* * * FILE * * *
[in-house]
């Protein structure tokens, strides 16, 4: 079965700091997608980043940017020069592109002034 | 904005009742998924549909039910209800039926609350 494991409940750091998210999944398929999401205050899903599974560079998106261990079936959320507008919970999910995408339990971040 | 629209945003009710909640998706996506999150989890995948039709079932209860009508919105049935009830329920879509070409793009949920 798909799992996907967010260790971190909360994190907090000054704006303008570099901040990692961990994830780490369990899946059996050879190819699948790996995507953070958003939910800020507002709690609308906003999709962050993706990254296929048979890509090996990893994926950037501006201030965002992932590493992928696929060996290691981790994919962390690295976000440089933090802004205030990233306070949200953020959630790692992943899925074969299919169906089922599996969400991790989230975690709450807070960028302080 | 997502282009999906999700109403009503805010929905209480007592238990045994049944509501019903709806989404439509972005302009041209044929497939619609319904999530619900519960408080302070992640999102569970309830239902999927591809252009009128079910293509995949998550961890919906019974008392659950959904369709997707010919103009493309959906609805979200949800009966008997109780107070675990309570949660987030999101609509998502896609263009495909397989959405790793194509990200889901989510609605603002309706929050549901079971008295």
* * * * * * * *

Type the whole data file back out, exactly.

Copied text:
[in-house]
């Protein structure tokens, strides 16, 4: 079965700091997608980043940017020069592109002034 | 904005009742998924549909039910209800039926609350 494991409940750091998210999944398929999401205050899903599974560079998106261990079936959320507008919970999910995408339990971040 | 629209945003009710909640998706996506999150989890995948039709079932209860009508919105049935009830329920879509070409793009949920 798909799992996907967010260790971190909360994190907090000054704006303008570099901040990692961990994830780490369990899946059996050879190819699948790996995507953070958003939910800020507002709690609308906003999709962050993706990254296929048979890509090996990893994926950037501006201030965002992932590493992928696929060996290691981790994919962390690295976000440089933090802004205030990233306070949200953020959630790692992943899925074969299919169906089922599996969400991790989230975690709450807070960028302080 | 997502282009999906999700109403009503805010929905209480007592238990045994049944509501019903709806989404439509972005302009041209044929497939619609319904999530619900519960408080302070992640999102569970309830239902999927591809252009009128079910293509995949998550961890919906019974008392659950959904369709997707010919103009493309959906609805979200949800009966008997109780107070675990309570949660987030999101609509998502896609263009495909397989959405790793194509990200889901989510609605603002309706929050549901079971008295």